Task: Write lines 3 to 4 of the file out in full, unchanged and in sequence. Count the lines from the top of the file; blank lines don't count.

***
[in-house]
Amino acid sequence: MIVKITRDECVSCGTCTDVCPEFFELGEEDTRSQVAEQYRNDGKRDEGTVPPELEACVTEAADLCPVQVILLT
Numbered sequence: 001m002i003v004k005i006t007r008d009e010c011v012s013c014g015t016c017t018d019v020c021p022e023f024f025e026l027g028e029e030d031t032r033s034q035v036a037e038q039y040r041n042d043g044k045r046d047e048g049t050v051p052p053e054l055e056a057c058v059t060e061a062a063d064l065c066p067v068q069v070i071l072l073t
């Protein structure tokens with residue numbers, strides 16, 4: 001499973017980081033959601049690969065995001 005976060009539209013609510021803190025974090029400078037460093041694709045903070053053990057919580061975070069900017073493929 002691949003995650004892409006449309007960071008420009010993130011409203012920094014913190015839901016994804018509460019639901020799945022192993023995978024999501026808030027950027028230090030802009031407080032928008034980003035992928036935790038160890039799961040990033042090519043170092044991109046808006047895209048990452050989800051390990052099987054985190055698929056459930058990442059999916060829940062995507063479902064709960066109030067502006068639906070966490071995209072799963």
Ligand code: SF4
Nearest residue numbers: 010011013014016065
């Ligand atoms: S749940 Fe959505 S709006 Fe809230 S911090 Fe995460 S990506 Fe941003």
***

Numbered sequence: 001m002i003v004k005i006t007r008d009e010c011v012s013c014g015t016c017t018d019v020c021p022e023f024f025e026l027g028e029e030d031t032r033s034q035v036a037e038q039y040r041n042d043g044k045r046d047e048g049t050v051p052p053e054l055e056a057c058v059t060e061a062a063d064l065c066p067v068q069v070i071l072l073t
């Protein structure tokens with residue numbers, strides 16, 4: 001499973017980081033959601049690969065995001 005976060009539209013609510021803190025974090029400078037460093041694709045903070053053990057919580061975070069900017073493929 002691949003995650004892409006449309007960071008420009010993130011409203012920094014913190015839901016994804018509460019639901020799945022192993023995978024999501026808030027950027028230090030802009031407080032928008034980003035992928036935790038160890039799961040990033042090519043170092044991109046808006047895209048990452050989800051390990052099987054985190055698929056459930058990442059999916060829940062995507063479902064709960066109030067502006068639906070966490071995209072799963």